Collaboration and Data Sources

We received 15 samples of RNA extracted from birds that tested positive for West Nile virus from Dan Bradway, Becca Wolking, and Marla Francis from the Washington Animal Disease Diagnostic Laboratory (WADDL). The samples were spread across five years: 1 from 2013, 1 from 2014, 5 from 2015, 2 from 2016, and the remaining 6 from 2017. The samples were also spread across states: 2 from Arizona, 2 from Idaho, 1 from Iowa, 1 from the US Virgin Islands and 9 from Washington.

Data Generation

The sequencing data was generated using PrimalSeq (Grubaugh et al. Genome Biology 2019). Our full protocol is available online here. Sequence reads were aligned using bwa and processed using iVar.

Raw Data

Consensus sequences and BAM files along with associated metadata are available on Google Cloud. Alignment statistics are shown in Table 1.

Table 1. Alignment statistics
Name Percent coverage at a minimum depth of 10 Average depth per nucleotide
W0918.bam 100.0% 4546.9
W0919.bam 16.5% 192.6
W0920.bam 100.0% 4210.4
W0921.bam 100.0% 4942.9
W0922.bam 74.7% 2825.0
W0923.bam 50.8% 1706.7
W0924.bam 73.3% 2730.2
W0925.bam 97.5% 4034.5
W0926.bam 100.0% 3826.0
W0927.bam 91.8% 3890.2
W0928.bam 63.7% 1857.3
W0929.bam 100.0% 2616.8
W0930.bam 82.3% 3460.9
W0931.bam 74.0% 2757.6
W0932.bam 27.0% 381.1

Preliminary Analysis

We constructed a maximum likelihood (ML) phylogeny using 1829 genomes of West Nile virus from USA including 11 of the provided samples which had genome coverage greater than 75%, highlighted in light blue. Tree and root to tip regression plot are shown in Figure 1.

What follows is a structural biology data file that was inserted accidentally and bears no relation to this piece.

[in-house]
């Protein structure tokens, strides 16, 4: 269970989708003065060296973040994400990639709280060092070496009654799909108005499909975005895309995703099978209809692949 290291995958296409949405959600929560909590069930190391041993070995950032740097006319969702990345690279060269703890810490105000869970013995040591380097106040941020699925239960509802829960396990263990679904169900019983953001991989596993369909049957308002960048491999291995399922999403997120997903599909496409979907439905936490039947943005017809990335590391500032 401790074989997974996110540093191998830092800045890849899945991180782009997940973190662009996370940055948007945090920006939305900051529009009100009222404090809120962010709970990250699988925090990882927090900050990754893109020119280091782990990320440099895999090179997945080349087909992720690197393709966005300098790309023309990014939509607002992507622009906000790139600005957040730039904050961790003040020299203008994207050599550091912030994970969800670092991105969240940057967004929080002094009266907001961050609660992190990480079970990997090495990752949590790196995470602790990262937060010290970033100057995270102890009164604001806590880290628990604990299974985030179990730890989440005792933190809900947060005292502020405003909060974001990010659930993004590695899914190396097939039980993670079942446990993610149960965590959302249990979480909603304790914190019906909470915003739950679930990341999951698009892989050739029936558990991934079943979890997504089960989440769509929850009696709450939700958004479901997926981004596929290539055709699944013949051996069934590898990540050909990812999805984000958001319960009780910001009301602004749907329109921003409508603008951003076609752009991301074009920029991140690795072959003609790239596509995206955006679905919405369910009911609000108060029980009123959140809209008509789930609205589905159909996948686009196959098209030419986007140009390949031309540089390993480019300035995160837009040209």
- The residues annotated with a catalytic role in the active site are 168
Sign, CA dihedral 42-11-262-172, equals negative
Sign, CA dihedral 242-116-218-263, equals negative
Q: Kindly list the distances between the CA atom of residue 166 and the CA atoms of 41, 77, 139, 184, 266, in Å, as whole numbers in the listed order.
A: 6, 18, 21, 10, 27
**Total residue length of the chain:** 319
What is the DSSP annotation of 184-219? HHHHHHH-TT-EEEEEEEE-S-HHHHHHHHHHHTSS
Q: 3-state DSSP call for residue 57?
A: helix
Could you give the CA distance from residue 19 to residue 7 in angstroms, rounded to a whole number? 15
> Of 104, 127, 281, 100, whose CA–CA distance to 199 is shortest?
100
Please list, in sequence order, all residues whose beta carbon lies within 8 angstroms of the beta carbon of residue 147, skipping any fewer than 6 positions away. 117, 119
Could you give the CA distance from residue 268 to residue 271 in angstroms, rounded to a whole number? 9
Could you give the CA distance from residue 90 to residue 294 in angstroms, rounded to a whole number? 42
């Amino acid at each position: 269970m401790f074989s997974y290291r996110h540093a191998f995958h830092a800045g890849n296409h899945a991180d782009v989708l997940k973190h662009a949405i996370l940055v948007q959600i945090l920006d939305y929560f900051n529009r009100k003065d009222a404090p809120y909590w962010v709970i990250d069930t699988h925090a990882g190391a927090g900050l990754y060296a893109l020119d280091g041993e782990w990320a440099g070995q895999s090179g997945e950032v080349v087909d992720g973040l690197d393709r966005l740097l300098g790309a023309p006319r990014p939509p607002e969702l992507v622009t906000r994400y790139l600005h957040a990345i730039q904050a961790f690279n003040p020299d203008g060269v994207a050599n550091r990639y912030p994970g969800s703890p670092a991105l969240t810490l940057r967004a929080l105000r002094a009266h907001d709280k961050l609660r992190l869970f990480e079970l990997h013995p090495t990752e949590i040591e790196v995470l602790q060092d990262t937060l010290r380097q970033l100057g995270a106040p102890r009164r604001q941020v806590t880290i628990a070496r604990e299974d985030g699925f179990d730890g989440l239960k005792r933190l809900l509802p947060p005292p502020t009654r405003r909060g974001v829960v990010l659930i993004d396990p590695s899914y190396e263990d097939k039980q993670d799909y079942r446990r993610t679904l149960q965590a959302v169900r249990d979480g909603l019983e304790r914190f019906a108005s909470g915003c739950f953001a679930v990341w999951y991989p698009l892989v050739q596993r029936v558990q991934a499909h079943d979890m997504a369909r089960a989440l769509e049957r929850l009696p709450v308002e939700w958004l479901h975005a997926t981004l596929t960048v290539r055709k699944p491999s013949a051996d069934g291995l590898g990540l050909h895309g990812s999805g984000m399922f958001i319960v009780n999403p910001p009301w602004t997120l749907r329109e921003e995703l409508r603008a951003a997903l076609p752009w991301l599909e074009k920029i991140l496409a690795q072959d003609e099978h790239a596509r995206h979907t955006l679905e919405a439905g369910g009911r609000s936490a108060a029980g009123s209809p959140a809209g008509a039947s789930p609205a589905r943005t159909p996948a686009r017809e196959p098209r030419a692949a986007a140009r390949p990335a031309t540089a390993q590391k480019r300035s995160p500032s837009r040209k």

Figure 1: A. Maximum Likelihood tree constructed using RAxML (bootstrap repeated 100 times) with 1829 genomes of West Nile virus from USA including 11 genomes provided by WADDL (highlighted in light blue). B. Root to tip regression plot. C. Legend.

All but a single sample from Washington clustered together and with other Washington and Oregon sequences from other sources with high support values. Sequences within this cluster are from multiple years which provide support that the lineage is overwintering in the state rather than being reintroduced each year. The singleton sequence from the US Virgin Islands (W0918) clustered with a sample from New York from the following year. However, because we only have a single sequence from the Virgin Islands, it would be difficult to make any conclusions from its placement in the tree. W0927 and W0929 from Idaho cluster together with Oregon sequences from three years earlier. Together they fall in a lineage that includes earlier samples from California and Arizona which suggests south to north movement of the virus.


Please note that this data is released as work in progress by the WestNile 4K Project and should be considered preliminary. If you intend to include any of these data in publications, please let us know – otherwise please feel free to download and use without restrictions. We have shared this data with the hope that people will download and use it, as well as scrutinize it so we can improve our methods and analyses. Please contact us if you have any questions or comments.